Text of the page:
Fatherhood has proven to be powerful muse for Afie Jurvanen, but not in the way you might expect. "Bad Boys Need Love Too" — a funky, slow burning highlight from the singer/songwriter's new LP Earthtones
— works not as a dedication to his own young children, but instead all the neglectful dads out there, especially his own.
"I spent a lot time angry with my dad because he wasn't around when I was growing up, and now that I have my own kids, I get a second chance in a sense," Jurvanen (better known as Bahamas) tells Exclaim! Of "Bad Boys Need Love Too," he adds: "If there was now an opportunity for me to reach out to him, I'd say 'You're an asshole, but I love you anyway.' And we can build on that."
While the lyrics and themes were inspired by the elder Jurvanen (who has since passed) the music and writing process can be attributed, in a way, to the next generation. "The biggest challenge being a father is I just have no time," he says raising his young daughters. "I, course, love them so deeply and am not complaining. But let's just say it was fun, for this new album, learning how to write songs really efficiently."
"Bad Boys Need Love Too" is a perfect example — he wrote it without a guitar, instead clapping the beat with his hands and singing the chorus to himself. Later, he brought that kernel into the studio with his touring band to flesh out the rest the track on the spot, without any further planning. He says that approach gave the song a unique rawness, and "you can hear how we're all on the edge their seats from start to finish."
It's a huge creative leap forward for Jurvanen, especially compared to his prior, more conventionally indie folk releases like 2014's Bahamas Is Afie
. But that breakthrough didn't come easy. The smash success … Afie
(which won two Juno Awards and was long-listed for the 2015 Polaris Music Prize) led to a whirlwind tour that was fulfilling until it became exhausting. "I have two young kids and I'd been touring all the time, and in a clichéd way I got physically exhausted to the point where my musical ideas were tired," he explains. "There just wasn't anything that was exciting me."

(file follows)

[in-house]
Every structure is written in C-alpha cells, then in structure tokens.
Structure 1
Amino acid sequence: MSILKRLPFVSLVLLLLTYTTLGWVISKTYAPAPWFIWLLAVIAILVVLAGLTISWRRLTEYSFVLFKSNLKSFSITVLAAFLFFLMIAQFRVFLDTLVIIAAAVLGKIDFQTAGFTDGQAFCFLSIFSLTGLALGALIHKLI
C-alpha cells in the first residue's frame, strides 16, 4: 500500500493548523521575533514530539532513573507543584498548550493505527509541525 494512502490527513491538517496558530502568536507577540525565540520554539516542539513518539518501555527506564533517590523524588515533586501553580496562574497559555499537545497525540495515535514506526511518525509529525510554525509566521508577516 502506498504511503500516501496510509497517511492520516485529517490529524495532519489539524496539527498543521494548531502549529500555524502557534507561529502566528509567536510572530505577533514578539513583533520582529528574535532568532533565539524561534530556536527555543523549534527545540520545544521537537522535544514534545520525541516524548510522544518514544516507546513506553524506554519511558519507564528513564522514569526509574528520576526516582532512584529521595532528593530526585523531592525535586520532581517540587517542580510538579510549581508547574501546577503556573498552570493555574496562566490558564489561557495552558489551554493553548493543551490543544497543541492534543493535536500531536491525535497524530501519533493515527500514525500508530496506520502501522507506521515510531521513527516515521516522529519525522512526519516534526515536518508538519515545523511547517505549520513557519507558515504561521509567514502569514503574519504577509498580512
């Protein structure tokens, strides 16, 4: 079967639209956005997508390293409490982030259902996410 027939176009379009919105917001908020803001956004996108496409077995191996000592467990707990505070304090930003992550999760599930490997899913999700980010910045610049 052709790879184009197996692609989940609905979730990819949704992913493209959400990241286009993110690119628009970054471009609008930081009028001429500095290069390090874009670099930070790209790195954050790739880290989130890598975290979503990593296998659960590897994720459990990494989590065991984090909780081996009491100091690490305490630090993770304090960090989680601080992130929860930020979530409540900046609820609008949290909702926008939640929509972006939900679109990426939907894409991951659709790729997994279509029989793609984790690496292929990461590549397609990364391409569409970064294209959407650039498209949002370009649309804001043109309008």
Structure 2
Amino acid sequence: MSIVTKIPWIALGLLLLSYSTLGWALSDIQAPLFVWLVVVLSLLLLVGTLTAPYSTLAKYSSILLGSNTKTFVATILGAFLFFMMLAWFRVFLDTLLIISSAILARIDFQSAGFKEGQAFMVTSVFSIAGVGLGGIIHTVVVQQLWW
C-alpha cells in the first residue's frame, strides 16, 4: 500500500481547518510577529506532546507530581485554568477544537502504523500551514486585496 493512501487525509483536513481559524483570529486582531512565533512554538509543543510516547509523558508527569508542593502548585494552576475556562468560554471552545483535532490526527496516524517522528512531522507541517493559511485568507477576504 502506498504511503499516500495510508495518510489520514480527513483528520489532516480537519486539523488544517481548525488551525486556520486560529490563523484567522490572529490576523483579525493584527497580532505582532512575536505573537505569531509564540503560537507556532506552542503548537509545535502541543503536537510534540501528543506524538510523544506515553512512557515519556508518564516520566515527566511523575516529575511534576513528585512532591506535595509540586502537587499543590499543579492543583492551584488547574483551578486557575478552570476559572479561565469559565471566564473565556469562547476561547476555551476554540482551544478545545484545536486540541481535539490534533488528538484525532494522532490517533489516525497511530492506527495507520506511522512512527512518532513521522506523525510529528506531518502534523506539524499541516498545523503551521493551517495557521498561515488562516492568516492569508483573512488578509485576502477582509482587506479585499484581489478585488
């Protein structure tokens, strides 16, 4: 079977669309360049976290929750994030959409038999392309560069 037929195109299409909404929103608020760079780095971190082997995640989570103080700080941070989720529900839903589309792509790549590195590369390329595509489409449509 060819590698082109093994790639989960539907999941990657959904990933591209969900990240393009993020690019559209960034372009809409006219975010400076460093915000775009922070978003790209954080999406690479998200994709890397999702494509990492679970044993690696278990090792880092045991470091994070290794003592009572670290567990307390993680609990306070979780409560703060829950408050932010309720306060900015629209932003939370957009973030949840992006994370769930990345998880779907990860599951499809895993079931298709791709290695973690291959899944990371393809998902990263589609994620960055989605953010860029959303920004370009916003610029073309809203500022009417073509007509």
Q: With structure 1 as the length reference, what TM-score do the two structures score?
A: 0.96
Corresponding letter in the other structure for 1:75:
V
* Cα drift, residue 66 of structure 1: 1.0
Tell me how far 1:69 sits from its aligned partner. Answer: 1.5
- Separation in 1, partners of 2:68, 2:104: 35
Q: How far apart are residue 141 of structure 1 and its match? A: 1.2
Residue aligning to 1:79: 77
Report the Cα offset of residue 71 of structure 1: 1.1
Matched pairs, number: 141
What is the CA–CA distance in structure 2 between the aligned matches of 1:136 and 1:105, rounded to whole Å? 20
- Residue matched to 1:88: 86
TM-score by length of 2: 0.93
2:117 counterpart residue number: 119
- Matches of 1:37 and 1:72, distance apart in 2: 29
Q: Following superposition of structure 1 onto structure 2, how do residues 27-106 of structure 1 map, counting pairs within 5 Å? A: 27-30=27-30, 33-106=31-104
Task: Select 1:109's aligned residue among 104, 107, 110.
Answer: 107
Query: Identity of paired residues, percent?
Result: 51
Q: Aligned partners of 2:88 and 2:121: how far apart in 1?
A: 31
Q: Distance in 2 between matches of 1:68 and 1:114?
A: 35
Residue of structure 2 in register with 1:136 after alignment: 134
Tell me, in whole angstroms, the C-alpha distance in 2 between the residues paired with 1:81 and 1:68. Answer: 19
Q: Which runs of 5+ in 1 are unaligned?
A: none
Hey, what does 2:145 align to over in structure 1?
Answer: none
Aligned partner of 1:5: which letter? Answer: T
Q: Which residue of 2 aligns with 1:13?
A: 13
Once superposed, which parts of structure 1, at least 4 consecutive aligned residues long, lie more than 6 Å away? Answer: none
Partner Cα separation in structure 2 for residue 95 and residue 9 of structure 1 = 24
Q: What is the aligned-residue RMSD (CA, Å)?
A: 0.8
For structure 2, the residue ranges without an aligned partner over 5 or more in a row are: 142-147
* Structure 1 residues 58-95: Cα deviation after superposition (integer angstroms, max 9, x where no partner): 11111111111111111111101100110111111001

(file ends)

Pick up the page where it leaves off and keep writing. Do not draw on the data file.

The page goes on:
The notion following up that 2014 release with another folkie LP especially irked Jurvanen at that point. Jurvanen's folk fatigue prompted him to fhandedly asked his manager about the availability the players f one his favourite recent LP's: Black Messiah
by D'Angelo and his backing band, the Vanguard. Thankfully two members that band, session veterans James Gadson and Pino Palladino, were available and agreed to meet with Jurvanen at a studio in Los Angeles.
"It was just a pure elemental connection," Jurvanen says the eclectic new direction that Gadson and Palladino pushed him in. And though his penchant for strict time management as a young dad was leading him toward such direct songwriting anyway, Jurvanen is grateful that the elder musicians helped him enrich that sentiment all the more on Earthtones.
"In the past, I sometimes spent years working on a song, but this album is much more direct and elemental. There isn't even any reverb or anything to obscure the sounds," Jurvanen says. "Of course, some songs require more effort than others. But now, if something doesn't feel good in the studio, I take it a sign to move on. There's enough things in life that don't feel good — working on music shouldn't be one them." Earthtones
comes out January 19 Brushfire/Republic Records. Order it on tan vinyl